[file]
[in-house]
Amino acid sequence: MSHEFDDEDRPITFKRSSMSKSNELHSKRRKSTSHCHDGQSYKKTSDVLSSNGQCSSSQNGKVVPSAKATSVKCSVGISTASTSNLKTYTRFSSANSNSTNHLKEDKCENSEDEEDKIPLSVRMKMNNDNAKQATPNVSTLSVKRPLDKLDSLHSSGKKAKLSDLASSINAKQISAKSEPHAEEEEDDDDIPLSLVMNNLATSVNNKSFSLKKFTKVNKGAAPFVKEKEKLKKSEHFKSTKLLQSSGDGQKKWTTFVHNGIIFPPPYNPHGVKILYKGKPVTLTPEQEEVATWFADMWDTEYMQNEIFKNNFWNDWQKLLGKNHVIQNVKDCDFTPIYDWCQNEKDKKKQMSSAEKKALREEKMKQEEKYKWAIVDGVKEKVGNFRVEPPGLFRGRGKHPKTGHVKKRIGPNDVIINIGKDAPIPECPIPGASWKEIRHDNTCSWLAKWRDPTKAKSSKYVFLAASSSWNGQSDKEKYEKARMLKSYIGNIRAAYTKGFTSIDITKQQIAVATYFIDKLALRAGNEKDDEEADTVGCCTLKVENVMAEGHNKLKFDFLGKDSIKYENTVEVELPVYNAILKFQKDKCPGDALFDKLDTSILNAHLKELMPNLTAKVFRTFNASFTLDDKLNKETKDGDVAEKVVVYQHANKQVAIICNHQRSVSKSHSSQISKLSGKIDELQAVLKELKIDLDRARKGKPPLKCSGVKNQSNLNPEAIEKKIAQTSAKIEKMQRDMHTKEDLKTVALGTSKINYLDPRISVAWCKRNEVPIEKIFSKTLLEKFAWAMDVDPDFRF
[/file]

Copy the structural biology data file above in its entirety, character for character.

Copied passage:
[in-house]
Amino acid sequence: MSHEFDDEDRPITFKRSSMSKSNELHSKRRKSTSHCHDGQSYKKTSDVLSSNGQCSSSQNGKVVPSAKATSVKCSVGISTASTSNLKTYTRFSSANSNSTNHLKEDKCENSEDEEDKIPLSVRMKMNNDNAKQATPNVSTLSVKRPLDKLDSLHSSGKKAKLSDLASSINAKQISAKSEPHAEEEEDDDDIPLSLVMNNLATSVNNKSFSLKKFTKVNKGAAPFVKEKEKLKKSEHFKSTKLLQSSGDGQKKWTTFVHNGIIFPPPYNPHGVKILYKGKPVTLTPEQEEVATWFADMWDTEYMQNEIFKNNFWNDWQKLLGKNHVIQNVKDCDFTPIYDWCQNEKDKKKQMSSAEKKALREEKMKQEEKYKWAIVDGVKEKVGNFRVEPPGLFRGRGKHPKTGHVKKRIGPNDVIINIGKDAPIPECPIPGASWKEIRHDNTCSWLAKWRDPTKAKSSKYVFLAASSSWNGQSDKEKYEKARMLKSYIGNIRAAYTKGFTSIDITKQQIAVATYFIDKLALRAGNEKDDEEADTVGCCTLKVENVMAEGHNKLKFDFLGKDSIKYENTVEVELPVYNAILKFQKDKCPGDALFDKLDTSILNAHLKELMPNLTAKVFRTFNASFTLDDKLNKETKDGDVAEKVVVYQHANKQVAIICNHQRSVSKSHSSQISKLSGKIDELQAVLKELKIDLDRARKGKPPLKCSGVKNQSNLNPEAIEKKIAQTSAKIEKMQRDMHTKEDLKTVALGTSKINYLDPRISVAWCKRNEVPIEKIFSKTLLEKFAWAMDVDPDFRF